Neighborhood Leasing Timeline
The Office of University Apartments and Off-campus Student Services exists to provide resources and information to students as they search for housing. It is true that when students arrive back on campus for their sophomore year, many begin their junior year housing search right way. The University Apartments office wants to stress early on that that there is no need to begin the process immediately, but many students choose to sign leases anyway. There are a number of reasons why students should wait to sign a lease:
- Signing a lease too early can complicate a student’s ability to take advantage of academic opportunities that may take them away from the Marquette campus during junior year, such as study abroad opportunities, co-op positions, and internships.
- Landlords don’t always know for certain if their current residents are returning until October or November, and so may not be able to give an applicant a definite assignment until after current residents recommit. We advise students never to sign a lease for an apartment or house they have not seen, and to insist on seeing the actual unit they will be renting before they sign the lease.
- While large groups living together can work out, sometimes it doesn’t. Friends change. We see a number of groups each year struggling in their living situations because they are locked into a lease and no longer get along with one another. Signing a lease with one or a few friends might be a better option in the long term.
The University Apartment selection process is placed during the month of November very intentionally. This alleviates the panic that students feel when they return for their sophomore year, and helps prevent students from being forced into leases that they may later need to terminate for the reasons listed above.
Neighborhood Leasing Timeline Phases
The neighborhood leasing timeline generally occurs in three phases:
- Houses and a few larger complexes (Renee Row, Marquette I, Kensington): It is true that houses go quickly. Groups of students who are looking for large-capacity dwellings, such as houses and 4+ bedroom apartments will start looking right away, and landlords are happy to oblige because large groups like that will diminish in size over time due to the factors listed above. If they don’t sign them early, landlords fear not being able to fill their larger apartments and houses.
- University Apartments: After the initial rush, students begin to look at the University Apartments process. Deposit collection to enter into the random selection process begins in late October, and apartment selection happens in early November (see exact timeline below). The University Apartments try to get as many leases signed as possible prior to the Winter Break, in order to move quickly to the waiting list so students are not left “in limbo” any longer than necessary. Over the past five years, trends have shown that the University Apartments have enough capacity to accommodate every student who applies. However, because students have the freedom to choose their own roommates and because students often want their own bedroom, not every bed space is filled. If students were open to sharing a bedroom, that would both drive down their rent costs and allow more students to assign into the apartments.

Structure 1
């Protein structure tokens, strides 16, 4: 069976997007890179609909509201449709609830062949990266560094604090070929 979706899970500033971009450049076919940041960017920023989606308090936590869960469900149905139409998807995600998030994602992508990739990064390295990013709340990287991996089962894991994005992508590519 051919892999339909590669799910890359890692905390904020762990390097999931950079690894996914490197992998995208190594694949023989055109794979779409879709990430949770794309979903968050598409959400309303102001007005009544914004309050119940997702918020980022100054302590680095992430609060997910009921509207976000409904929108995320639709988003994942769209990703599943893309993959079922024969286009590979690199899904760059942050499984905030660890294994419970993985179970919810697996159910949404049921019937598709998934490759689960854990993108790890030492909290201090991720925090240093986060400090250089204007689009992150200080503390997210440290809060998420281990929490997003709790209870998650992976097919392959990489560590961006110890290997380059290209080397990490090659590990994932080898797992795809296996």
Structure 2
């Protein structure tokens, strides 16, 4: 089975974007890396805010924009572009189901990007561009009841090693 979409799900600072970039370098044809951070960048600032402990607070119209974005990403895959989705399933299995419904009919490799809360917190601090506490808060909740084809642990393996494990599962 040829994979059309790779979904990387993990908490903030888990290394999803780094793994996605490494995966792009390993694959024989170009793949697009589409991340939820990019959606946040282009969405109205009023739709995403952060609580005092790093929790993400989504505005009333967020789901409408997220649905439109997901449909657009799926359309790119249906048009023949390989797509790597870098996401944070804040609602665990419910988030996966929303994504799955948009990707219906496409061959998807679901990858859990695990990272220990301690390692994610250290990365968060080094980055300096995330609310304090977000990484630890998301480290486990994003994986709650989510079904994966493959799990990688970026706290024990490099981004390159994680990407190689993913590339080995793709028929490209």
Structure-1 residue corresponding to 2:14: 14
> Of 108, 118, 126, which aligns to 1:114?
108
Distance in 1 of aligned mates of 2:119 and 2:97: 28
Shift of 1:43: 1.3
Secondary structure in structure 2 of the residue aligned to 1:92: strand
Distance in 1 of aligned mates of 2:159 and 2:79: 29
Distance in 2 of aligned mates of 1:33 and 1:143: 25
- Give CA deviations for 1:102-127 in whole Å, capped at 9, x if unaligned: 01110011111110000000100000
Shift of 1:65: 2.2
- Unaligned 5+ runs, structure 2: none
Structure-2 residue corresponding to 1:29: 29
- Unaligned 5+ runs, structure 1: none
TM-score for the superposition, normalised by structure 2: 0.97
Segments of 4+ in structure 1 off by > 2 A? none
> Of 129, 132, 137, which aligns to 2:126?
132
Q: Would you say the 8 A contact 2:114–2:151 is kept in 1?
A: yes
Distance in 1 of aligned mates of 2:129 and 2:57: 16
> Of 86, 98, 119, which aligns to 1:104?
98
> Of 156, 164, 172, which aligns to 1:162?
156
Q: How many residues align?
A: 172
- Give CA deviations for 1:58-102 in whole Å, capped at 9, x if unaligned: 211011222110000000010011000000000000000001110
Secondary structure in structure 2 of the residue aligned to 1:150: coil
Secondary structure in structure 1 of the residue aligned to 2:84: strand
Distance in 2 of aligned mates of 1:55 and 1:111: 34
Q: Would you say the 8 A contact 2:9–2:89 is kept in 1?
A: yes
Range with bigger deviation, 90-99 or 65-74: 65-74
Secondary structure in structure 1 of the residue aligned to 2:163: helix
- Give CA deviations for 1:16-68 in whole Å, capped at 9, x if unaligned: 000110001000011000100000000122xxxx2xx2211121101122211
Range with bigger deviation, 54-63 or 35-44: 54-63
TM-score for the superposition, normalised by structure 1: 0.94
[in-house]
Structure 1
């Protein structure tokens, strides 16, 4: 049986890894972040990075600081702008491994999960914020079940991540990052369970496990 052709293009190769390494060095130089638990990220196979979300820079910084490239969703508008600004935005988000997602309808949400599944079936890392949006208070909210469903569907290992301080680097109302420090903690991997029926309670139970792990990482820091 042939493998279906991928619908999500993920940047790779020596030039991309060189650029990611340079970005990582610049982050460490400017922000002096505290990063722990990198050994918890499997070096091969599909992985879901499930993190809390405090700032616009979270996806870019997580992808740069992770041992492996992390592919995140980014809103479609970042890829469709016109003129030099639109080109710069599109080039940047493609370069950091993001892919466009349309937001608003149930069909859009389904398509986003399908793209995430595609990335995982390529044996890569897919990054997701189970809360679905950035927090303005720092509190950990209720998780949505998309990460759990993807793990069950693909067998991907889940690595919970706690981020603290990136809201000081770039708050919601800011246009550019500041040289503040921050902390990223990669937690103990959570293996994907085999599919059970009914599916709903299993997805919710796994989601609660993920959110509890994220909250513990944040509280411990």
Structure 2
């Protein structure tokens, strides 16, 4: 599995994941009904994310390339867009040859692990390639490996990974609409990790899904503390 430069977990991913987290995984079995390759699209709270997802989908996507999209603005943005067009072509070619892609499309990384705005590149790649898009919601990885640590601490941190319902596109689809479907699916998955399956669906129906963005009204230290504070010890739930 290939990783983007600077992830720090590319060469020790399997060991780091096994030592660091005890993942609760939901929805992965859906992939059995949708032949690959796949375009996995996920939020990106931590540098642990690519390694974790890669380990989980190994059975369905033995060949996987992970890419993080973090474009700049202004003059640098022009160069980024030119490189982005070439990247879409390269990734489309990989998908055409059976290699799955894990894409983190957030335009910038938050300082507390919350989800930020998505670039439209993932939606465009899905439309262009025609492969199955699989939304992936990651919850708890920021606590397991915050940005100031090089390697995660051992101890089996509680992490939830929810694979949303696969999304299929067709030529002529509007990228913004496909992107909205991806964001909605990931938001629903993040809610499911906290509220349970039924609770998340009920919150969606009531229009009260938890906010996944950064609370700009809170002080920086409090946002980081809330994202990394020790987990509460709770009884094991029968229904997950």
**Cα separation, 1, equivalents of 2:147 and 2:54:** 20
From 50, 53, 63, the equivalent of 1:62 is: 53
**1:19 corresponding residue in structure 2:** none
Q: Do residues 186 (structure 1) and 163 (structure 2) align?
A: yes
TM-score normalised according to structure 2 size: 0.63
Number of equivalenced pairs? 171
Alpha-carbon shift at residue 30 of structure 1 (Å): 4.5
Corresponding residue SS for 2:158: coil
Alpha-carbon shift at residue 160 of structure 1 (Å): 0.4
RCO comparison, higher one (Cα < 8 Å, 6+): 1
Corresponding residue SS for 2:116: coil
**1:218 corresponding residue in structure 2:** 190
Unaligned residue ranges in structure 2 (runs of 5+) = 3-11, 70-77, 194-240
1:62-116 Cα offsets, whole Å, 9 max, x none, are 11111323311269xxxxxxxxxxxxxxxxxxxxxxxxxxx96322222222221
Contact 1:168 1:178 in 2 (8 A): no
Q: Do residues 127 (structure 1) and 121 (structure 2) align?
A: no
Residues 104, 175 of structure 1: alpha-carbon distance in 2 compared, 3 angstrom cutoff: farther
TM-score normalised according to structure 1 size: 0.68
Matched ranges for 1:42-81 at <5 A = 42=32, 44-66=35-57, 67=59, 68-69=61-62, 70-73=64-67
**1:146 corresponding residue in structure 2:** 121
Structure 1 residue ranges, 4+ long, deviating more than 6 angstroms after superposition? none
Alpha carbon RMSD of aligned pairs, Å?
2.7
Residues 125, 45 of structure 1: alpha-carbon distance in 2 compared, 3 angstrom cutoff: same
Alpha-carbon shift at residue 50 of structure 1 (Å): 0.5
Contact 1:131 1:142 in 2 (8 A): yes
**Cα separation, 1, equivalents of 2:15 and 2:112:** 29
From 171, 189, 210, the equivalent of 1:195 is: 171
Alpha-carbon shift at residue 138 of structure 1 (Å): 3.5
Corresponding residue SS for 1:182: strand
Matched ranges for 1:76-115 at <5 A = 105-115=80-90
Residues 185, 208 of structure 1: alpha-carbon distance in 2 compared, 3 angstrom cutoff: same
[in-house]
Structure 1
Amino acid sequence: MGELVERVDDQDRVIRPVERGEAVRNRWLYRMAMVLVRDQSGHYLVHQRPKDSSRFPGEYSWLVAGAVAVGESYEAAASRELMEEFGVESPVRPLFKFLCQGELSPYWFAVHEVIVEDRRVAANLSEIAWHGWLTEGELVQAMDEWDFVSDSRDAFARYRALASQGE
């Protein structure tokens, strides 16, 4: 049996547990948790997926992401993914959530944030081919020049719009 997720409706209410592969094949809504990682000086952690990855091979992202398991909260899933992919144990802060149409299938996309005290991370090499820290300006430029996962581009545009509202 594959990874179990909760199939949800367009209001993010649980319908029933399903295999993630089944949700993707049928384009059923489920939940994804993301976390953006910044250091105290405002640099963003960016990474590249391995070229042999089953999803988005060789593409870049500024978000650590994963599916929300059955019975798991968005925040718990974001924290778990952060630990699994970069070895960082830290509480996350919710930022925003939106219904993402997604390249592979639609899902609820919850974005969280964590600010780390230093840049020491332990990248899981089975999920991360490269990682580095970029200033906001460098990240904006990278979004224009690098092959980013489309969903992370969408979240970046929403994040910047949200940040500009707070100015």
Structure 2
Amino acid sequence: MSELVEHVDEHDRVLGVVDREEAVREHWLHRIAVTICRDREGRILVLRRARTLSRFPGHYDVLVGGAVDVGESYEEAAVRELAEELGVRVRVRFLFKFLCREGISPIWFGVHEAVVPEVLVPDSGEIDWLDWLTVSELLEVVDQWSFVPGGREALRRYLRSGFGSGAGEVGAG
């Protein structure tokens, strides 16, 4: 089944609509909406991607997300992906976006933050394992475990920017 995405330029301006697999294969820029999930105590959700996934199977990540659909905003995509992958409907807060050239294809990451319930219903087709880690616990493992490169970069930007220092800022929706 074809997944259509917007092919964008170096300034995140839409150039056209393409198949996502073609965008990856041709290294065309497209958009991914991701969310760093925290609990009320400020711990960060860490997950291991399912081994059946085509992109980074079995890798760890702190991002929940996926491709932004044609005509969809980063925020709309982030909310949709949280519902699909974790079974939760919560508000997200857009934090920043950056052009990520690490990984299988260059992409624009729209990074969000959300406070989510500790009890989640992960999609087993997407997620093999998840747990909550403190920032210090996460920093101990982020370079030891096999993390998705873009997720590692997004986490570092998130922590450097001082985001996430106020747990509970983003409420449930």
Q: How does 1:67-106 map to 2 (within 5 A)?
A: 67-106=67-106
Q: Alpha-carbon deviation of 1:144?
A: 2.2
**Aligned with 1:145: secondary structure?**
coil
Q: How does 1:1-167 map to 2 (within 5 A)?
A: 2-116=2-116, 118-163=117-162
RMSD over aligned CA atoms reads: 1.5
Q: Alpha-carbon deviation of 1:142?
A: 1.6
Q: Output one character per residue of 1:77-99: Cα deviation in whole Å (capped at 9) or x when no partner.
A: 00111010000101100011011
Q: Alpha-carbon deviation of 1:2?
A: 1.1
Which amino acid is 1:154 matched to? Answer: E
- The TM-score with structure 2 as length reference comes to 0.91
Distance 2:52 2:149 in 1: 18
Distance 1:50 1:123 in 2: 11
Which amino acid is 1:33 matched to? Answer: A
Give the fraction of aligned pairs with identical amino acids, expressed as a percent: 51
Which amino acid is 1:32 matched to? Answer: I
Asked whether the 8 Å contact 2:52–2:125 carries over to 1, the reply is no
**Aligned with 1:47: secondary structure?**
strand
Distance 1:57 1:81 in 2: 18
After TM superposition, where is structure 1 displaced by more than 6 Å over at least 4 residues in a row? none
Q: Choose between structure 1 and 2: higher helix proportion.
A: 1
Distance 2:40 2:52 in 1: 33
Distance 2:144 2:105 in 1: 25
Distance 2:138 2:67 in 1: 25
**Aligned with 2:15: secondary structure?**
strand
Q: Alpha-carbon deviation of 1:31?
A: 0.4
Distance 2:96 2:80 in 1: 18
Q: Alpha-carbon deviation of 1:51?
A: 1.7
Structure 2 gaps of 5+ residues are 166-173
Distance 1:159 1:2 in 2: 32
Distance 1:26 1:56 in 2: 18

- Spring semester process: Following the University Apartment selection process and throughout the spring semester, the University Apartments office prepares a list of privately-owned properties that are still available in the neighborhood, so that students who are still looking have a starting point for their apartment search. Past trends have shown that neighborhood landlords will still have studios through 4 bedroom apartments available in June - just 2 months preceding the start of the academic year.
Other services our office provides to students:
- A comprehensive website of good information that is useful to students before, during, and after their tenancy.
- Mediation services to students who find themselves in conflict with their roommates or with their landlord.
- Relationships and communication with the area landlords, in order to effectively advocate for students when things go wrong. It is important to note two things here: 1) students have not only rights as renters, but also responsibilities to uphold; 2) the University Apartments cannot coerce a landlord into doing anything they do not wish to do or are not required by law to do. The University Apartments office opens lines of communication, can attempt to facilitate solutions that are amenable to everyone, and can also refer students to appropriate city agencies if a landlord is not being responsive.
There is plenty of privately-owned housing in the off-campus neighborhood to accommodate students. While the process is by no means simple or stress-free, the University Apartments office seeks to provide guidance to students so that they can learn these important skills, be smart consumers, and grow in the process. The role of this office is not only functional, but educational. Parents are important partners in this process.